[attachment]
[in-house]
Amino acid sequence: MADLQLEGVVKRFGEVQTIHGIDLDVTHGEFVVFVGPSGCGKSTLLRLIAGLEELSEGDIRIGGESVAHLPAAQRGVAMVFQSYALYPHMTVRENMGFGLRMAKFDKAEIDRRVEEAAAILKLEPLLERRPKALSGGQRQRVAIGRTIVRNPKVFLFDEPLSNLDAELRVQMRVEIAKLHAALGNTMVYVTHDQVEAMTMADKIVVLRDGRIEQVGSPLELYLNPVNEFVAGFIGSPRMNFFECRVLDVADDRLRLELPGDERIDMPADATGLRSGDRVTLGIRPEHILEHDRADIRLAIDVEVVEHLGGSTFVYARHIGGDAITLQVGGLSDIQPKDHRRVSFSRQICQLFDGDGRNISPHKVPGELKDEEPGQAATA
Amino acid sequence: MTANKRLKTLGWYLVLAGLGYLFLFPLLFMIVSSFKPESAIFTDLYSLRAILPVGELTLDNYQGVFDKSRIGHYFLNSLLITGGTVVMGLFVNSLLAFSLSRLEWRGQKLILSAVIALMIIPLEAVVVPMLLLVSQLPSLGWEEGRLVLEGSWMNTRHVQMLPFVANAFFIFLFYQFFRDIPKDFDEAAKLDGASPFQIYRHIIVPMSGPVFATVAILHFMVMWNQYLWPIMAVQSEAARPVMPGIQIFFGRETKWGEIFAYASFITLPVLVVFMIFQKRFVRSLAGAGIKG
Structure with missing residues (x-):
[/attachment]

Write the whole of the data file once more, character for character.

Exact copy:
[in-house]
Amino acid sequence: MADLQLEGVVKRFGEVQTIHGIDLDVTHGEFVVFVGPSGCGKSTLLRLIAGLEELSEGDIRIGGESVAHLPAAQRGVAMVFQSYALYPHMTVRENMGFGLRMAKFDKAEIDRRVEEAAAILKLEPLLERRPKALSGGQRQRVAIGRTIVRNPKVFLFDEPLSNLDAELRVQMRVEIAKLHAALGNTMVYVTHDQVEAMTMADKIVVLRDGRIEQVGSPLELYLNPVNEFVAGFIGSPRMNFFECRVLDVADDRLRLELPGDERIDMPADATGLRSGDRVTLGIRPEHILEHDRADIRLAIDVEVVEHLGGSTFVYARHIGGDAITLQVGGLSDIQPKDHRRVSFSRQICQLFDGDGRNISPHKVPGELKDEEPGQAATA
Amino acid sequence: MTANKRLKTLGWYLVLAGLGYLFLFPLLFMIVSSFKPESAIFTDLYSLRAILPVGELTLDNYQGVFDKSRIGHYFLNSLLITGGTVVMGLFVNSLLAFSLSRLEWRGQKLILSAVIALMIIPLEAVVVPMLLLVSQLPSLGWEEGRLVLEGSWMNTRHVQMLPFVANAFFIFLFYQFFRDIPKDFDEAAKLDGASPFQIYRHIIVPMSGPVFATVAILHFMVMWNQYLWPIMAVQSEAARPVMPGIQIFFGRETKWGEIFAYASFITLPVLVVFMIFQKRFVRSLAGAGIKG
Structure with missing residues (x-):